Believe It or Not, It’s Not All Doom and Gloom Around Husker Basketball
Opinion • By Jacob Bigelow
Except for a stunning three-game run of wins at the end, Nebraska’s basketball season was forgettable.
What else is new, right?
Well, this: While previous offseasons of the Fred Hoiberg era have been marked by massive roster turnover, this one seems it will be marked by changes to the coaching staff and recruiting philosophy.
And that is a good thing.
While top-tier teams were focused on NCAA tournament play in late March, Nebraska was jettisoning coaches. The program mutually parted ways with assistant coach and chief recruiter Matt Abdelmassih. Then Nebraska announced Doc Sadler, special assistant to the head coach, would not be a part of the staff going forward and that the position was being eliminated.
The most significant change is the departure of Abdelmassih, who single-handedly oversaw Nebraska’s recruiting operation the last three seasons and did very little on-court coaching. Hoiberg has never had a season as a college coach without Abdelmassih, who hung his hat on the recruitment of transfers.
With Abdelmassih’s departure, priority No. 1 for Hoiberg became keeping his 2022 recruiting class intact.
With promising 6-foot-6 freshman guard Denim Dawson already on campus as an early enrollee, that put the focus on retaining 6-11 JUCO big man Blaise Keita, 6-3 New Jersey sharpshooter Jamarques Lawrence and 6-6 Sierra Canyon (California) guard Ramel Lloyd.
Lawrence did not waiver on his commitment, but it was reasonable to worry about Keita and Lloyd, who were directly recruited by Abdelmassih. Both, however, reaffirmed their commitments after visits by Hoiberg.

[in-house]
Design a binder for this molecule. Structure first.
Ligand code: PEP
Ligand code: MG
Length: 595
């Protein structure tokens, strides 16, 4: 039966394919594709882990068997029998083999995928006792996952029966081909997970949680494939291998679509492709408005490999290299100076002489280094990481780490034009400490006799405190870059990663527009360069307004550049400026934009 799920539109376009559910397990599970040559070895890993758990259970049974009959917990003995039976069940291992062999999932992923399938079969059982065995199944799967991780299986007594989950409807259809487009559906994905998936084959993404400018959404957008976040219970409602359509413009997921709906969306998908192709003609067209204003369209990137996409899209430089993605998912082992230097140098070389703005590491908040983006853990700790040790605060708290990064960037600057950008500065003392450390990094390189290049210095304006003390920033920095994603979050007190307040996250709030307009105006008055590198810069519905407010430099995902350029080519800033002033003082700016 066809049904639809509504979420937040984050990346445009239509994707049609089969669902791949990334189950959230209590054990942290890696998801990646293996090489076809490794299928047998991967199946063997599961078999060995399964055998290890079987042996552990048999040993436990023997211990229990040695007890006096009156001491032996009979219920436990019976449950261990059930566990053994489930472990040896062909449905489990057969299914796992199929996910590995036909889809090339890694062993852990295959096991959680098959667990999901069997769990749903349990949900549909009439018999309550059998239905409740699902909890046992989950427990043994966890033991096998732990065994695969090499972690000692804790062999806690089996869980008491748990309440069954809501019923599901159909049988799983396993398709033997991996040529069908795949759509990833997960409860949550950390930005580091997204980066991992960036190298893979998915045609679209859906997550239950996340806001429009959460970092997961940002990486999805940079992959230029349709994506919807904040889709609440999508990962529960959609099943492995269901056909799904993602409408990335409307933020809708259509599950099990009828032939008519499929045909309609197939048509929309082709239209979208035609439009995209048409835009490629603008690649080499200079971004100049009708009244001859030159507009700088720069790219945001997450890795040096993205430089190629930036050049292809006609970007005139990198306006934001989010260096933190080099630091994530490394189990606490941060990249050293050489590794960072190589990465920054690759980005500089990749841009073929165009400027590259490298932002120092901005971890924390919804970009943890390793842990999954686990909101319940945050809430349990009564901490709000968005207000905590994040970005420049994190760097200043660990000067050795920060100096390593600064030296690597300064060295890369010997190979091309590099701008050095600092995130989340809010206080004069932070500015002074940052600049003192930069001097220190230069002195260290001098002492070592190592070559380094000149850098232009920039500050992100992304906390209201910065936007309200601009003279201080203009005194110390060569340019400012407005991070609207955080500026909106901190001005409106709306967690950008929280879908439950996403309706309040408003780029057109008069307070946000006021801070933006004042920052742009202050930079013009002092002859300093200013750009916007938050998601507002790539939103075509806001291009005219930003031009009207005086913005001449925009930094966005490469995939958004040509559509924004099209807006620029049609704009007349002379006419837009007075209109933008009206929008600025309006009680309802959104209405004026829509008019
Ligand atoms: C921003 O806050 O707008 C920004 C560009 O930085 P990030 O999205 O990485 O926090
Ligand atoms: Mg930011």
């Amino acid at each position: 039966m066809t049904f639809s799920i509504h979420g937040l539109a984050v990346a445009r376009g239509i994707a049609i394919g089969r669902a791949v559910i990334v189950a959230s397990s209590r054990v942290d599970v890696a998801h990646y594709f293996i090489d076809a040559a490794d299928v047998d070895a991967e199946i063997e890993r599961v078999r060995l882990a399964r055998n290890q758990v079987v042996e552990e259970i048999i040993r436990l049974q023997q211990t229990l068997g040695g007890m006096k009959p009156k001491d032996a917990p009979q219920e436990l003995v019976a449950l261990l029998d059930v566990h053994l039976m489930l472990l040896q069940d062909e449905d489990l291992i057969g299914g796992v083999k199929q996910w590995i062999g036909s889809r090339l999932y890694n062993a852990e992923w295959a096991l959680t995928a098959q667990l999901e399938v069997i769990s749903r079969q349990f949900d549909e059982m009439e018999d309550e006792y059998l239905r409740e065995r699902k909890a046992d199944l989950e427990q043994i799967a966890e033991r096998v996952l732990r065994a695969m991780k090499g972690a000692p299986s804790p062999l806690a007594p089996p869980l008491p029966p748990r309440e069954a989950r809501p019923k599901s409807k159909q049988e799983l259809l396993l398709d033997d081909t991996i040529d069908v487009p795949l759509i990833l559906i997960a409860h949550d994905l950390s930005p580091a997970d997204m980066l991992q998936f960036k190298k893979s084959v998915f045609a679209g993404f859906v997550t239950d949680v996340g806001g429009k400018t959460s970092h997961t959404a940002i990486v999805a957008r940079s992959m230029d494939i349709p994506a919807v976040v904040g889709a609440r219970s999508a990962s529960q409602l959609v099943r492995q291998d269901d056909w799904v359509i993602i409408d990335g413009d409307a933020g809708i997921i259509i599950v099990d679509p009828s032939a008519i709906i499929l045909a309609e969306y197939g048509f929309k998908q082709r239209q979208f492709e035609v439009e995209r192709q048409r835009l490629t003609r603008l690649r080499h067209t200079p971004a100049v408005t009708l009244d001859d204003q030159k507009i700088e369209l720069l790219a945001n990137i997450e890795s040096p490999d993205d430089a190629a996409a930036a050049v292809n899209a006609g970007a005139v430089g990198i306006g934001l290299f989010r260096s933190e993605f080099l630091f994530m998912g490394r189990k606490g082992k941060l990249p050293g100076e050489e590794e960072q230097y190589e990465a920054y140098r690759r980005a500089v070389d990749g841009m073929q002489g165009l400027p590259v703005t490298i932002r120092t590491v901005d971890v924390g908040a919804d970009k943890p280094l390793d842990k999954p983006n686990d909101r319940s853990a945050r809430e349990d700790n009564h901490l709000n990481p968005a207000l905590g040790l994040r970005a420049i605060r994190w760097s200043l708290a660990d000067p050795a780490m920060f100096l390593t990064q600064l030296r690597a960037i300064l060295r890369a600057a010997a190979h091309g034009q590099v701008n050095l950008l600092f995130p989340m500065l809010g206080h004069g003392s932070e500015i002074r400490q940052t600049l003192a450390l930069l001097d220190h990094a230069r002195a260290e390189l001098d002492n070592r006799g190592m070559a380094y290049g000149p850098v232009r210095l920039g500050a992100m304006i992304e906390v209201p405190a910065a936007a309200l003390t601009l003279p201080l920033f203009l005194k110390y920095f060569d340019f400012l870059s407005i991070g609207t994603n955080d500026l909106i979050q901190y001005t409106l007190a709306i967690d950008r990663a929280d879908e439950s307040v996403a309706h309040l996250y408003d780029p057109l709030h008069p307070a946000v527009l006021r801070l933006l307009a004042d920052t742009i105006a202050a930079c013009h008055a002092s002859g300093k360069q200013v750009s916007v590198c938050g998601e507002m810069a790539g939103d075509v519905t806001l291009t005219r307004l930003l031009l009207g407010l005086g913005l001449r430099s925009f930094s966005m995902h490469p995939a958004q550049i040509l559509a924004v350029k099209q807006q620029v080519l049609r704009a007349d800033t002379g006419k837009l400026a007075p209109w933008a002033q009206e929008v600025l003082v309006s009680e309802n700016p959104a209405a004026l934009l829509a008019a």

In late April Hoiberg got Juwan Gary out of the portal from Alabama. The 6-6 forward, a former four-star prospect, started 16 games for the Tide last season and averaged 6.5 points and 3.4 rebounds in 15.6 minutes.
All four of these newcomers are big gets for Hoiberg – as is Dawson. They solidify positions of need and alleviate fears that Abdelmassih’s loss might also lead to attrition of an excellent class of recruits.
Remember, these are the type of players who have other options, but they believed in Hoiberg’s vision enough to stay committed. That is a good sign.
Part of what they see is how the roster stacks up next season. Sure they see opportunity. How could they not with Nebraska winning only 10 games last season? But, dare I say, there have been some good things happening roster-wise lately.
The Huskers added a piece out of the portal in North Dakota State transfer and Lincoln East product Sam Griesel.
The Lincoln native was a four-year starter at NDSU and averaged 14.3 points, 6.6 rebounds and 3.4 assists last season. At 6-6, Griesel is being brought in to run the point, which he had done for the past two seasons in Fargo. Whether he can do that in the Big Ten remains to be seen, but Griesel is seasoned enough and good enough to help somewhere.
Also, 6-9 forward Derrick Walker announced he is returning for a sixth year of college basketball. Walker was a mainstay for the Huskers this past season and showed he has some offense to go with his defense. What’s more, with the arrival of Keita, Walker can move to his natural position at the 4. That’s two full-grown men down low. When was the last time Nebraska had that?